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Mossberg 500 Shotgun Disassembly Guide by Mini-Me

Discussion in 'Shotguns' started by evan price, Jan 26, 2009.

  1. evan price

    evan price Member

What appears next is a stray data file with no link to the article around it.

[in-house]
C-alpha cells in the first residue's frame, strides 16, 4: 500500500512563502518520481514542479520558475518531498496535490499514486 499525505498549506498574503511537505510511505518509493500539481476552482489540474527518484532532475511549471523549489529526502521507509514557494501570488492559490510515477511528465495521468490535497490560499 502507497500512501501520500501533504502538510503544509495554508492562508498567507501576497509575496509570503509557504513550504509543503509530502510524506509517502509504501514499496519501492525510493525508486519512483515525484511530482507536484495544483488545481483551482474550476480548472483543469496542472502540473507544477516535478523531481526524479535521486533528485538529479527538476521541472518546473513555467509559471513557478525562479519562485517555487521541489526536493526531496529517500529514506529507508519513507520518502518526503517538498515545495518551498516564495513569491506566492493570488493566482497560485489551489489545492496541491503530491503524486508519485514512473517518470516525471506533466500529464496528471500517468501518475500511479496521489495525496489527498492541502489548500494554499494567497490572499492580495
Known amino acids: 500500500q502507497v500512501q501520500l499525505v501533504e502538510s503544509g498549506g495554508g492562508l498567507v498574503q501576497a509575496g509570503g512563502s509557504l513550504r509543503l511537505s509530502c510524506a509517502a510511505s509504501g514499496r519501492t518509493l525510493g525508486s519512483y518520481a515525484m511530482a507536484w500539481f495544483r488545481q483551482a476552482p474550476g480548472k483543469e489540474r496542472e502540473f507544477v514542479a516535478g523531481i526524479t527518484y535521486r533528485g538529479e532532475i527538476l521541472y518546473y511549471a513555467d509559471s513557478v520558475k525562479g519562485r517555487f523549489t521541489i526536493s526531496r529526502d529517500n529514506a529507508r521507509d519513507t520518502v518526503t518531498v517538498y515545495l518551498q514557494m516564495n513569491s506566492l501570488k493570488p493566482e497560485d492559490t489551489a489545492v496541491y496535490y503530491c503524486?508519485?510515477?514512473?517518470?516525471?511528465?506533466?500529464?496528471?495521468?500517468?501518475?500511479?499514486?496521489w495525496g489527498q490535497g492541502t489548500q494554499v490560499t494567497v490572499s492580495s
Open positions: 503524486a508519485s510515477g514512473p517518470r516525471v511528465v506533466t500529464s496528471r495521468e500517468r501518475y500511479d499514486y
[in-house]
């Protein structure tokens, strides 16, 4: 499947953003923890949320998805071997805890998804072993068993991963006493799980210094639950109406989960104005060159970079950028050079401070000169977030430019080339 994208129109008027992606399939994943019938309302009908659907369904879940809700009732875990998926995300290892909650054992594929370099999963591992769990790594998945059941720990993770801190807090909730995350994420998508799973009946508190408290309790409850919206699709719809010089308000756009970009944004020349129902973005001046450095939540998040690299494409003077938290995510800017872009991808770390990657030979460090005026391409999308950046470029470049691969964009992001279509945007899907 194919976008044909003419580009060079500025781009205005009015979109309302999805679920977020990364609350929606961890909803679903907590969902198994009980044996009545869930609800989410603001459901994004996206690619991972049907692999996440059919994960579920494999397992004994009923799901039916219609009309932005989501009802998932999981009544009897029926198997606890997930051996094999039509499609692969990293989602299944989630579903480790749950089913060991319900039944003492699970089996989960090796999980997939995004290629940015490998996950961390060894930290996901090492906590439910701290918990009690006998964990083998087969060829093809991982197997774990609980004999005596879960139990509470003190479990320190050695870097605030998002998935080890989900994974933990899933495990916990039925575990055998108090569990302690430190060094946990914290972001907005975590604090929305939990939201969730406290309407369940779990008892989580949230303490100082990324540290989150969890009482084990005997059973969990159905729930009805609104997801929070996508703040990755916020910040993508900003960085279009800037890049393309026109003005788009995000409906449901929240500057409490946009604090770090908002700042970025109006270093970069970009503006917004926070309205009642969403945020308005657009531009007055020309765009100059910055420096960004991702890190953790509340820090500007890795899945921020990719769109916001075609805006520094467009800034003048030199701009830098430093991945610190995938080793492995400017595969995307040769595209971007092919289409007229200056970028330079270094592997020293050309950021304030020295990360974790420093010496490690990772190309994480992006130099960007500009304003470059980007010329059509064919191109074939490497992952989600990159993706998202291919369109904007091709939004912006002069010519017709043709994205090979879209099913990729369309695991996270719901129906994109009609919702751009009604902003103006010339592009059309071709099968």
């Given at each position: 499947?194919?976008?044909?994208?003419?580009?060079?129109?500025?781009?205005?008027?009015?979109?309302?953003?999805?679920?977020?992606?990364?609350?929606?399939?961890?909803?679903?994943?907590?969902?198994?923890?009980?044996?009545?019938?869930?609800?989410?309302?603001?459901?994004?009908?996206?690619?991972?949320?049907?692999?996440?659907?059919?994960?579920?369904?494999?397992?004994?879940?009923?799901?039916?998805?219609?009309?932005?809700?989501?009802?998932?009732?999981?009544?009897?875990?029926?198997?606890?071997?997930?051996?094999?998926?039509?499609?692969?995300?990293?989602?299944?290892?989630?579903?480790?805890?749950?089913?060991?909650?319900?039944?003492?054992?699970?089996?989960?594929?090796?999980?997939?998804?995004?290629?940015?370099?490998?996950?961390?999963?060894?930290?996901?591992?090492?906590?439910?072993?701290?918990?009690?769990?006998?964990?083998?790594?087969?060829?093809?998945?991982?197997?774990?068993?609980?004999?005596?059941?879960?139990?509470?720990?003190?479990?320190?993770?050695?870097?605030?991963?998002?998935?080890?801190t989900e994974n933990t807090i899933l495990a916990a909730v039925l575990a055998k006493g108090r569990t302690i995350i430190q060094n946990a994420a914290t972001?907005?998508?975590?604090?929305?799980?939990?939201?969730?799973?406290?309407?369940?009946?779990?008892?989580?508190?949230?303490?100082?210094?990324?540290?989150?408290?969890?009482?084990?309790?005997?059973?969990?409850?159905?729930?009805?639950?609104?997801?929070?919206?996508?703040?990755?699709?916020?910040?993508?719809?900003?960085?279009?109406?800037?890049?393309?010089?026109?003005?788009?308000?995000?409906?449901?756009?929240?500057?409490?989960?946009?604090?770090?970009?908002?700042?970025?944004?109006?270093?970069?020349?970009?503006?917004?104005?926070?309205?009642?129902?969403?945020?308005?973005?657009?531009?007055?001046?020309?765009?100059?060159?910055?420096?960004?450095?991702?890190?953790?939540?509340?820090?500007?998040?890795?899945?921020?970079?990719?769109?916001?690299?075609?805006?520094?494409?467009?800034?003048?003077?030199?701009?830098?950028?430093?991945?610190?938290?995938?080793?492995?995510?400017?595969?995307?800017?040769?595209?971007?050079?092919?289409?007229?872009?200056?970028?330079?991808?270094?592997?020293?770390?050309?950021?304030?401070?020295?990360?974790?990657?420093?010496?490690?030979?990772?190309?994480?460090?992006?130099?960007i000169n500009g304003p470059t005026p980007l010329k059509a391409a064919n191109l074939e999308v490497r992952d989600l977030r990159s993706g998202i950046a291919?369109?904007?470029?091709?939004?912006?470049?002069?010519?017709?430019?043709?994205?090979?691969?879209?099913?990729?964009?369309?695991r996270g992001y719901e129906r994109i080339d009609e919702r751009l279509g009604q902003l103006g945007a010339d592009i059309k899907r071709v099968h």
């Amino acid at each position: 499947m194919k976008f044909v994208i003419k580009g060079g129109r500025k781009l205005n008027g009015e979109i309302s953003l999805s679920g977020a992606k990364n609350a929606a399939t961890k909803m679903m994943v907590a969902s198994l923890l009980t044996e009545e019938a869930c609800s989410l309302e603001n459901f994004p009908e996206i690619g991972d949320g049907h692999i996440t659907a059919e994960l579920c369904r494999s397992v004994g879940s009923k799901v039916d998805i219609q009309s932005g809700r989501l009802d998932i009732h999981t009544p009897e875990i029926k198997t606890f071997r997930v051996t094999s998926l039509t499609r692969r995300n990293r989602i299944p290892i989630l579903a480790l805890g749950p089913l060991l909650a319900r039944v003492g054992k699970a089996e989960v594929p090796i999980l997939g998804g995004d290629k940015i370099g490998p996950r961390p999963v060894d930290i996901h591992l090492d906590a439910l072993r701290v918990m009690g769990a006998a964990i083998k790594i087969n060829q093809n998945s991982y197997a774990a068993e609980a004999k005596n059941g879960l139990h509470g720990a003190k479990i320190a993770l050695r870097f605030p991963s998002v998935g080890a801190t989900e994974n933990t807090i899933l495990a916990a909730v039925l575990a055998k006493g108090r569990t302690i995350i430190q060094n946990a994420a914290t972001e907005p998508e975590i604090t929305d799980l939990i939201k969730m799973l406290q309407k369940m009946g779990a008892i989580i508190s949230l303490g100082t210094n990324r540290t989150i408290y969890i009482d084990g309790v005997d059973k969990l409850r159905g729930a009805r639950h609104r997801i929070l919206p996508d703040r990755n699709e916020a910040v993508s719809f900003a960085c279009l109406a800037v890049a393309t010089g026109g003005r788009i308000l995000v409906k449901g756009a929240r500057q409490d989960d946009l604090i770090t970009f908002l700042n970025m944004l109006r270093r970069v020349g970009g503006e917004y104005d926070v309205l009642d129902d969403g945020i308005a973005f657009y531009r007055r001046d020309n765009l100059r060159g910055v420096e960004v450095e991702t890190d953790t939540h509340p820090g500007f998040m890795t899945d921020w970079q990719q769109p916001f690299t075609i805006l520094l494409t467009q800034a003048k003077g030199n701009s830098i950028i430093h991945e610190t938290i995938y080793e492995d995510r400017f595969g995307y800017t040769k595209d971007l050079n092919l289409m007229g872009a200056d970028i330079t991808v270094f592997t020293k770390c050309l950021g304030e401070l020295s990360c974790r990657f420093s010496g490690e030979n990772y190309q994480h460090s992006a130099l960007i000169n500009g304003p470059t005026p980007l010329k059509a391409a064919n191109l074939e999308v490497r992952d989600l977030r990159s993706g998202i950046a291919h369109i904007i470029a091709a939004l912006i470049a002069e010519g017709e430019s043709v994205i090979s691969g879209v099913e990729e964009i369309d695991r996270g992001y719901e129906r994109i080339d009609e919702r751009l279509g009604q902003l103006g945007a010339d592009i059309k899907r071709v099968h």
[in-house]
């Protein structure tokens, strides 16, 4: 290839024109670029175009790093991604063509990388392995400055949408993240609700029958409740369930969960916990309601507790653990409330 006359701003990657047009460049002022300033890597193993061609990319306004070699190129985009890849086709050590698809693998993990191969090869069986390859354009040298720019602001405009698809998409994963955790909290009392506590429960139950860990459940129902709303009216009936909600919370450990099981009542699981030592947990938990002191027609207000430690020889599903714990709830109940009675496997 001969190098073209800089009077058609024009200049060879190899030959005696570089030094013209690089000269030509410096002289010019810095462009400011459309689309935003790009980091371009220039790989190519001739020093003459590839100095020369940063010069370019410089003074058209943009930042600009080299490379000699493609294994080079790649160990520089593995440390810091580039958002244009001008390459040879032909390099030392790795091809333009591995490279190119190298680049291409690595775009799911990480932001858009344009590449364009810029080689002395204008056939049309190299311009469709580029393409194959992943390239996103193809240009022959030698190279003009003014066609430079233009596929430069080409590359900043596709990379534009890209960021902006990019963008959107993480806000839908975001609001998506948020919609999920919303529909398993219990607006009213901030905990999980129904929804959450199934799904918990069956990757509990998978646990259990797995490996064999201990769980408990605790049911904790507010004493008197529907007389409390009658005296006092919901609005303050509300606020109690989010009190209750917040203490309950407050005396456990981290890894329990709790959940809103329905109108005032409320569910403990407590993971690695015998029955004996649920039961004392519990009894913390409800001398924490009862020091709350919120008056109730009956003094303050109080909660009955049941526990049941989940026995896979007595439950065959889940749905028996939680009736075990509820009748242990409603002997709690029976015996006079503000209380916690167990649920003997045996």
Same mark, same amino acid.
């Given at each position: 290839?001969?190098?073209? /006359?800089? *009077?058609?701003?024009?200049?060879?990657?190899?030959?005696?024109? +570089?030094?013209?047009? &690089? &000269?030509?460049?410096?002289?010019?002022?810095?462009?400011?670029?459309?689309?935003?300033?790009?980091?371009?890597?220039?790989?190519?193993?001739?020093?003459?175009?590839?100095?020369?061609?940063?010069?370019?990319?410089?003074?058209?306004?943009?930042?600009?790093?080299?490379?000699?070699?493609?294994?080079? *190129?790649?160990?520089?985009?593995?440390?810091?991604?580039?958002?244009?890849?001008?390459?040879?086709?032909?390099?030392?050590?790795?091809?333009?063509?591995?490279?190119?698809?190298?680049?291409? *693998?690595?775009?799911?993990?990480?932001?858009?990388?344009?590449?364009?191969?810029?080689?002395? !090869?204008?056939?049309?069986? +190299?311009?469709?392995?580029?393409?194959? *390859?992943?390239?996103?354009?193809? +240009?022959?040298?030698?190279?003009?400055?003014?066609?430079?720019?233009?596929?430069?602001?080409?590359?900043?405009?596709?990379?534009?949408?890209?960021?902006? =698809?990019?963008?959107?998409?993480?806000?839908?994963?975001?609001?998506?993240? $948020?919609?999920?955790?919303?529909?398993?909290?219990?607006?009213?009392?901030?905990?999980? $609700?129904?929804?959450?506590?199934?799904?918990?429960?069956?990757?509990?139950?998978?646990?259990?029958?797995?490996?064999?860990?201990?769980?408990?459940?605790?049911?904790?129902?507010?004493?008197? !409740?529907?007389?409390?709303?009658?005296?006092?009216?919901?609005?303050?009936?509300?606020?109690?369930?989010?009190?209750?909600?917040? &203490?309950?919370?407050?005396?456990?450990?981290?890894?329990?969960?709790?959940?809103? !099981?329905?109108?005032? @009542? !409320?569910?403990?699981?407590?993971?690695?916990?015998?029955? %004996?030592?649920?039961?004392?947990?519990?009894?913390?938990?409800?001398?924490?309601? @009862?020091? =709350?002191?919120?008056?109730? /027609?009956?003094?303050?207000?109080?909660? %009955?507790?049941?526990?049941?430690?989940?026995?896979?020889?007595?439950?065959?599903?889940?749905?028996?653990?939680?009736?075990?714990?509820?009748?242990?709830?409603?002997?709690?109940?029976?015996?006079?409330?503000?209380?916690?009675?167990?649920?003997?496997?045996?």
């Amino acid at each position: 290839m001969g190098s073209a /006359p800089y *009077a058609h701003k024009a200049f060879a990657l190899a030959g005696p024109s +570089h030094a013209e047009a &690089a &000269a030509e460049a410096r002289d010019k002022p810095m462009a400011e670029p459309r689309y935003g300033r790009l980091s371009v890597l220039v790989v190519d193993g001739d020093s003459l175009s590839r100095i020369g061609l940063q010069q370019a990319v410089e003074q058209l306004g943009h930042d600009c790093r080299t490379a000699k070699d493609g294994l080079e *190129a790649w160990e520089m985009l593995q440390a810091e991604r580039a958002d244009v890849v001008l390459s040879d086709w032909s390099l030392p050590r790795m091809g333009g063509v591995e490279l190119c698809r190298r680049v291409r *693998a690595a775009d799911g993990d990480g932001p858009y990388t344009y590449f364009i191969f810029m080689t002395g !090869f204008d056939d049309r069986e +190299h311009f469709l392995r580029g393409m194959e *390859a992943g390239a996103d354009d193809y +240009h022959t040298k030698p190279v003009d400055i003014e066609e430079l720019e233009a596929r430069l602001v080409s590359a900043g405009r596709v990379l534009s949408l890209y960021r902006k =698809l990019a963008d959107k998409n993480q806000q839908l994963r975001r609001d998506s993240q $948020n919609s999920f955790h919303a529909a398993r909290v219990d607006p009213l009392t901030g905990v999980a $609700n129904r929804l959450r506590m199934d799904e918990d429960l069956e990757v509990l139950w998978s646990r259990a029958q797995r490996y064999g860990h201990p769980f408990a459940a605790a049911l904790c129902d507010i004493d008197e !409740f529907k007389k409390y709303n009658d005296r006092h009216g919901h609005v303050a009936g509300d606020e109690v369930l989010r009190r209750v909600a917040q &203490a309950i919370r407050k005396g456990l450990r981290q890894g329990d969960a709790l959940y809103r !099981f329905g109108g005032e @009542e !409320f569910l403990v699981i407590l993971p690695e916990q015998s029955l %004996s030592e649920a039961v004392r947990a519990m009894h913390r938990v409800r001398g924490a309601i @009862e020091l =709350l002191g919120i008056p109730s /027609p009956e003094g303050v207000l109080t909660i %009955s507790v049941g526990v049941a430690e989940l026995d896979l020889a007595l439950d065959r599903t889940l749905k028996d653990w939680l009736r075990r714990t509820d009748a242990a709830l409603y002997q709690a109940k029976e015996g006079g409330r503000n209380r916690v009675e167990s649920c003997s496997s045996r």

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    This is a three-part article to show how a Mossberg pump shotgun is disassembled and cleaned up. Not every shotgun will need to be taken this far apart. If you are not comfortable doing this sort of work, it is best left to an experienced armorer or gunsmith, but really, there is nothing hard about the work. The gun used for this article was a "bargain-rack" junker bought for not very much money because it was in neglected condition. The barrel was brown with surface rust and had pitting at the rollmarkings. The entire gun was covered with greyish crud and the action was so stiff it took both hands to work it. The fired hulls would not eject unless you turned the gun sideways with the ejection port down. Sometimes it double-fed when cocked. Sometimes it did not feed a shell at all. The safety was stuck in the "fire" position. But generally, when a shell was loaded, it locked up, fired, and worked OK, and I didn't see anything that was actually BROKEN, just a lot of dirt, dried grease, and neglect. I did not include pictures of the barrel refinish or cleanup of the stocks because I didn't think to take any until afterwards. I hope that anyone who reads this finds it useful.